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Investor or Trader

What is the tax rate applicable to profits earned on share trading? Most “knowledgeable” people that I popped this question to responded with 10%.

What is the tax rate applicable to profits earned on share trading? Most “knowledgeable” people that I popped this question to responded with 10%. Many of them added that if I held on to my shares for a year, then the profits earned are tax free. Nonsense, said my tax consultant. He then proceeded to give me a long lecture on how my trading behaviour on the market and the relative importance of stock market profits in my overall income profile could be interpreted one way or the other to determine the tax rate applicable to me.

If trading in the stock market is a principal business activity for me, I am seen as a trader. In this case, my income from trading in stocks is to be treated like any other source of business income and is taxable at the marginal tax rate applicable to my income slab. On the other hand, investing in stocks may not be the principal source of income for me. So if I have invested in the stock market and my trading habits suggest that stocks are capital assets for me, then my short-term trading gains are taxable at the concessional rate of 10%. And yes, longterm gains are totally tax free.

The key question is, of course, how do the tax authorities decide who is a trader and who is investing? This ambiguity leaves open a crucial window for the tax man to use his discretion in imposing a tax rate on my share trading income. This discretion, resting as it does on ambiguity, invites corruption—by both the tax man and the tax payer. Instead, why not define stock market profits as a separate category of income, far removed from business income or capital gains?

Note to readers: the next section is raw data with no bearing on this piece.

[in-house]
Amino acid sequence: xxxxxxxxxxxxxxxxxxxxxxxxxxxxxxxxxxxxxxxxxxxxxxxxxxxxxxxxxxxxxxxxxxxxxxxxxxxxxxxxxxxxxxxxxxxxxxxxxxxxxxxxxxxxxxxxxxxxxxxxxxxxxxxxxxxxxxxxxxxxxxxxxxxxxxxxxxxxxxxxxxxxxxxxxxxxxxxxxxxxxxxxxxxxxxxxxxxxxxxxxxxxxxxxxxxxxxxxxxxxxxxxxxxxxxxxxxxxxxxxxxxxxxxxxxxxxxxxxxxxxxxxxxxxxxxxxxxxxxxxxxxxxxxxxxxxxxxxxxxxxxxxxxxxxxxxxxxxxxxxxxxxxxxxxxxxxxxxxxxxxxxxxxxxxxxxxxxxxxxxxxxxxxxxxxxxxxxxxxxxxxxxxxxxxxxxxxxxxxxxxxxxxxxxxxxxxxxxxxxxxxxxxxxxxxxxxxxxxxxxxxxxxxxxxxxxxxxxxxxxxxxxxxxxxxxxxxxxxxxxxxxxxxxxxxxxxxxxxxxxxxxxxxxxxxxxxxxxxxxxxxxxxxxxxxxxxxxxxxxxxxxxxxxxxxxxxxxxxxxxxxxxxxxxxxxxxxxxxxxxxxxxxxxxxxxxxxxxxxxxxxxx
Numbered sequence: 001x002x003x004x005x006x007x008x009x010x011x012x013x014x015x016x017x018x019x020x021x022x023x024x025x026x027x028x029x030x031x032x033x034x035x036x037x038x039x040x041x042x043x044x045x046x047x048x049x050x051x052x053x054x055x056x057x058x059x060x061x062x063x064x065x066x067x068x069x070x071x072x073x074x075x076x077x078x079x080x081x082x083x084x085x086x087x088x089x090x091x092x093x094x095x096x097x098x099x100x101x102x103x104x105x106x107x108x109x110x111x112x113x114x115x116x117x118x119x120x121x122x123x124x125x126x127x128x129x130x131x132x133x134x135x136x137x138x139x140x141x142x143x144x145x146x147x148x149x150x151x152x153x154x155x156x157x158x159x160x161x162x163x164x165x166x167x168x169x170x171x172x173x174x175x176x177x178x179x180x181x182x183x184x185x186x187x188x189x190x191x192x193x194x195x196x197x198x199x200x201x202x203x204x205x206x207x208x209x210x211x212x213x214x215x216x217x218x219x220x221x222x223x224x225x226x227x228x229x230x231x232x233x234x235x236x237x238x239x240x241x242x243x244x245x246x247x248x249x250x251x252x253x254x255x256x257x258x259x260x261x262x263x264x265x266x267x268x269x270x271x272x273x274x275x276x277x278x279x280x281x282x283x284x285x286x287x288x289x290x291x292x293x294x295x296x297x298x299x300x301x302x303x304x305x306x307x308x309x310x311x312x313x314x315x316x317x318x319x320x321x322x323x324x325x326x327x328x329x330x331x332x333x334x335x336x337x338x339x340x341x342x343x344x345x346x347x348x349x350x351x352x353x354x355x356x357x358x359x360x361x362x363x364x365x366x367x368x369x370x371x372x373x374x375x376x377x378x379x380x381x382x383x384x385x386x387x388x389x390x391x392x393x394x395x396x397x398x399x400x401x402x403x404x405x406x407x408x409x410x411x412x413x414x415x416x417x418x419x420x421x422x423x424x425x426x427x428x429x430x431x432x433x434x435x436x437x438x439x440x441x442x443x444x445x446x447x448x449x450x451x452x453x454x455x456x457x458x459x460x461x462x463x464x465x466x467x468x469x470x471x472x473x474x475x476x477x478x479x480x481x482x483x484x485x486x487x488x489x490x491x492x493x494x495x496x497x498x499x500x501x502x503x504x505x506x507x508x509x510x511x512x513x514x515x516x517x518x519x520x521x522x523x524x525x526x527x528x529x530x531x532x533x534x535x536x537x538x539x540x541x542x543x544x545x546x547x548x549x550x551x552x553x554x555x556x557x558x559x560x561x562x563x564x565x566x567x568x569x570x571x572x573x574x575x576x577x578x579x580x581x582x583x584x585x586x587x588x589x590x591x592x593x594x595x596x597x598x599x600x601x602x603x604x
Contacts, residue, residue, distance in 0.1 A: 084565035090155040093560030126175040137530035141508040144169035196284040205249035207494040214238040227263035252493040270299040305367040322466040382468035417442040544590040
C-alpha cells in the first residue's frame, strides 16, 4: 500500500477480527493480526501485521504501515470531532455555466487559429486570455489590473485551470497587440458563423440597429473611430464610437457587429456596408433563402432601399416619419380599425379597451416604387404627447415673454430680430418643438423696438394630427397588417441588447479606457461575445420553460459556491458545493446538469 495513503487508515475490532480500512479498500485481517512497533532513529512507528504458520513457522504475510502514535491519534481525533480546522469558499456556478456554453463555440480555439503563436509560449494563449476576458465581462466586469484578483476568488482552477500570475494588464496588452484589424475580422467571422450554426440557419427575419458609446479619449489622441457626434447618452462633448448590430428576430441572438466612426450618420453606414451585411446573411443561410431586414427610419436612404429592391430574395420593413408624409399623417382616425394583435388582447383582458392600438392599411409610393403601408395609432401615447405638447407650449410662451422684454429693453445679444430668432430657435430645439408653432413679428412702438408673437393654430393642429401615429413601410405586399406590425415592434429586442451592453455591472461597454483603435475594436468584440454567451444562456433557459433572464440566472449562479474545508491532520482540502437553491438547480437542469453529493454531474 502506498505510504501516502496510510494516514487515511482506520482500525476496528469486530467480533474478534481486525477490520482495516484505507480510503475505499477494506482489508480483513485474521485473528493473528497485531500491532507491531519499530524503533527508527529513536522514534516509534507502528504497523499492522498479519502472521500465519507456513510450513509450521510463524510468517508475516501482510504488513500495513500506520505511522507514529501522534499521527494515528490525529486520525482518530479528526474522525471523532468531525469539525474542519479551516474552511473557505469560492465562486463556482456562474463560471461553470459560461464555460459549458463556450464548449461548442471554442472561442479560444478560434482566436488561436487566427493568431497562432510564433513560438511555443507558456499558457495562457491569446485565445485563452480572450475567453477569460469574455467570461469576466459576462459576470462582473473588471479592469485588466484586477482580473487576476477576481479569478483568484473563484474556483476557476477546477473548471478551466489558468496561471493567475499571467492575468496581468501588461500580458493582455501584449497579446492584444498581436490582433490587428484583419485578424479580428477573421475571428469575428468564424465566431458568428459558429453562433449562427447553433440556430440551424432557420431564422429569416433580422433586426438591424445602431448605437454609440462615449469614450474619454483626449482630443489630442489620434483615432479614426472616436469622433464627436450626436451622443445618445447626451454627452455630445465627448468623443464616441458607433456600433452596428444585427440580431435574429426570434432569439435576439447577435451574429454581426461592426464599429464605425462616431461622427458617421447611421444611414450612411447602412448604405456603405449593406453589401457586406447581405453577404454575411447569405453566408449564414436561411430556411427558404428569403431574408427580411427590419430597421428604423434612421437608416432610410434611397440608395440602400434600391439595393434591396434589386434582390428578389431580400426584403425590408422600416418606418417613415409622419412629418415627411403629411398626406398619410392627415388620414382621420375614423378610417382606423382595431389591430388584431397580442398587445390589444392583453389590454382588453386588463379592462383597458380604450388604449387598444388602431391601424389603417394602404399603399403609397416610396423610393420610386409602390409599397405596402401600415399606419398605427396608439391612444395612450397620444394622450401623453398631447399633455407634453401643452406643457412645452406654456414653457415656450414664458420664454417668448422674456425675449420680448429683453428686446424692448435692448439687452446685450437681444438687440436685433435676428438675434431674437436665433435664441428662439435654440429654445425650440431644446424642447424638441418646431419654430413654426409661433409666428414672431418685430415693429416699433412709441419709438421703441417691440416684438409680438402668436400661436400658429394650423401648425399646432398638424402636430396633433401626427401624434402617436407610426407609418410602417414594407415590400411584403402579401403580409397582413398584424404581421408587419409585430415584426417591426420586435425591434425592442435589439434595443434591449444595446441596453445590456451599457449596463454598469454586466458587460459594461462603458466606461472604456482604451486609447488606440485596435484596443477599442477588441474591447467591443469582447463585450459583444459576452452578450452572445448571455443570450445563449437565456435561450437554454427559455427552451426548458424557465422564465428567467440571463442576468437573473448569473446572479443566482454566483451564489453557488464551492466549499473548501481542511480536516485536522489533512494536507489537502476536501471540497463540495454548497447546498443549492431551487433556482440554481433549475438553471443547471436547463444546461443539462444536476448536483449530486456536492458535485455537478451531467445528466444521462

Remember, this has already been done for income earned from property. Maybe 10% for short term and zero tax for long-term profits on the stock market is a little too generous. Fine, tweak up the rates a little. Or leave them untouched for mutual
fund investments and revise them a little upward for investments in individual stocks.

But why leave things ambiguous and hand over discretion to the administrators? For most countries that encourage private business enterprise, the stock market provides a vibrant (if volatile) source of wealth creation. I think creating wealth is a principal purpose of all businesses. By this count alone, investing is definitely a “business” activity.

Come to think of it, investing is a bigger business than business itself. The market capitalisation of a listed enterpriseoften increases (or decreases) much more than the profits it earns over a year. It is perhaps with this
perspective that India’s lawmakers and tax administrators have chosen to tax the income derived out of trading in stocks. And rightly so. I doubt if there is any country that allows you to earn tax-free profits from trading in the stock market.

But the Indian lawmakers’ ambiguity is typical of an administration that has thrived on bureaucratic controls. It’s time to free us and tax stock market profits rationally and (this is very important) simply. Better and quicker compliance will follow.

Investors will work harder on their investing, rather than on their tax returns. And corruption will find another outlet. Amen.

(By Dipen Sheth, Head of Research, Wealth Management Advisory Services)